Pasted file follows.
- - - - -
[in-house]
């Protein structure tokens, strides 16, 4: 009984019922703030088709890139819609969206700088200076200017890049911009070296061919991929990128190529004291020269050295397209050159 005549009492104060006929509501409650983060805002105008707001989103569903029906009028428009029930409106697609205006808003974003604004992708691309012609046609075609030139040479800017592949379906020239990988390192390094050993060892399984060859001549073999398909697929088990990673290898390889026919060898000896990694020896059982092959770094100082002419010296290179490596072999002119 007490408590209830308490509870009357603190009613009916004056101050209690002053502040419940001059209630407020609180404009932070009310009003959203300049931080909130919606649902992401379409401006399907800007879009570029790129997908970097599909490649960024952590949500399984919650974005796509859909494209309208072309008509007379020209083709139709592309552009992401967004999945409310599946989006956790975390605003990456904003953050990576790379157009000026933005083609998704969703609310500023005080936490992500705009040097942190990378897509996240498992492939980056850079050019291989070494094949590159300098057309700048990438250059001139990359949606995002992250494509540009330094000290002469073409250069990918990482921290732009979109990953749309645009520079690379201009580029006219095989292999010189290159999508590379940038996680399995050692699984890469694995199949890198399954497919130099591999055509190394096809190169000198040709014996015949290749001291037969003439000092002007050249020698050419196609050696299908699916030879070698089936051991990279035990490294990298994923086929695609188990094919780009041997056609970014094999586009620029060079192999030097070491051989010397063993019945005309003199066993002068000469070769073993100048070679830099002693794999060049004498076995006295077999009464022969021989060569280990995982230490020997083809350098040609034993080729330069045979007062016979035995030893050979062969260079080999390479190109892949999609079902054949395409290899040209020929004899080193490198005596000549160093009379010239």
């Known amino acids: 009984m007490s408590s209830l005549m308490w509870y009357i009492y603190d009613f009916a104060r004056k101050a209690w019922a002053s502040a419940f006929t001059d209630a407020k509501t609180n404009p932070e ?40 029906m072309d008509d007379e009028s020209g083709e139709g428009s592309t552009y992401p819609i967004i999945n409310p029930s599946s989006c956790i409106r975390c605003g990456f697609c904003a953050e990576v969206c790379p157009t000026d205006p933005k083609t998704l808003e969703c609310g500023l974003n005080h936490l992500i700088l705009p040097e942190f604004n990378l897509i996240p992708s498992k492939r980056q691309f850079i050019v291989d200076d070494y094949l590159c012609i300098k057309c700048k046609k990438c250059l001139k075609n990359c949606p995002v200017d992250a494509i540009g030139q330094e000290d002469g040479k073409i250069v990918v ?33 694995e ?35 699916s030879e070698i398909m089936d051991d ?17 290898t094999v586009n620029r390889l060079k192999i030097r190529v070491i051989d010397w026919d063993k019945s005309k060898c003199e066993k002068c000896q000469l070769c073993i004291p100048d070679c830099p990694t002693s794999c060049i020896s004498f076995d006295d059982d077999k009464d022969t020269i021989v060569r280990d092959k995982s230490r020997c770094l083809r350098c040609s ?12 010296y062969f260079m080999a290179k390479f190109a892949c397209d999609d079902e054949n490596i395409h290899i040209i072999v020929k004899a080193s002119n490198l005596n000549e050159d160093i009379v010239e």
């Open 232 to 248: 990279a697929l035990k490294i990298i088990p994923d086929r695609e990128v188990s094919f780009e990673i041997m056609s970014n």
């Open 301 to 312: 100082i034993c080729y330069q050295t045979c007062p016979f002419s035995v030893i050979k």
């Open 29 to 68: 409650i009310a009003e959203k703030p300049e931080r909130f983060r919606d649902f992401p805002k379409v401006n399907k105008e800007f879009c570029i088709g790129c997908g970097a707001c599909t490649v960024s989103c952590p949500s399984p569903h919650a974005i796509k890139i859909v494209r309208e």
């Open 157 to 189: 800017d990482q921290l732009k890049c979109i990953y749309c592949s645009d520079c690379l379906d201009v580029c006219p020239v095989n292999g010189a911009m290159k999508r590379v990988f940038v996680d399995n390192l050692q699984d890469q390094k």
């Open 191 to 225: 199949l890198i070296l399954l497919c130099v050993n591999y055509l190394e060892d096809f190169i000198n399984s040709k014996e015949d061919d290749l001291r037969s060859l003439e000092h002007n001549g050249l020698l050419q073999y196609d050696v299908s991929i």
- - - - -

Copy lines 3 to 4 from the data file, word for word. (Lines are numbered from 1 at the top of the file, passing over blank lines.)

């Known amino acids: 009984m007490s408590s209830l005549m308490w509870y009357i009492y603190d009613f009916a104060r004056k101050a209690w019922a002053s502040a419940f006929t001059d209630a407020k509501t609180n404009p932070e ?40 029906m072309d008509d007379e009028s020209g083709e139709g428009s592309t552009y992401p819609i967004i999945n409310p029930s599946s989006c956790i409106r975390c605003g990456f697609c904003a953050e990576v969206c790379p157009t000026d205006p933005k083609t998704l808003e969703c609310g500023l974003n005080h936490l992500i700088l705009p040097e942190f604004n990378l897509i996240p992708s498992k492939r980056q691309f850079i050019v291989d200076d070494y094949l590159c012609i300098k057309c700048k046609k990438c250059l001139k075609n990359c949606p995002v200017d992250a494509i540009g030139q330094e000290d002469g040479k073409i250069v990918v ?33 694995e ?35 699916s030879e070698i398909m089936d051991d ?17 290898t094999v586009n620029r390889l060079k192999i030097r190529v070491i051989d010397w026919d063993k019945s005309k060898c003199e066993k002068c000896q000469l070769c073993i004291p100048d070679c830099p990694t002693s794999c060049i020896s004498f076995d006295d059982d077999k009464d022969t020269i021989v060569r280990d092959k995982s230490r020997c770094l083809r350098c040609s ?12 010296y062969f260079m080999a290179k390479f190109a892949c397209d999609d079902e054949n490596i395409h290899i040209i072999v020929k004899a080193s002119n490198l005596n000549e050159d160093i009379v010239e």
């Open 232 to 248: 990279a697929l035990k490294i990298i088990p994923d086929r695609e990128v188990s094919f780009e990673i041997m056609s970014n």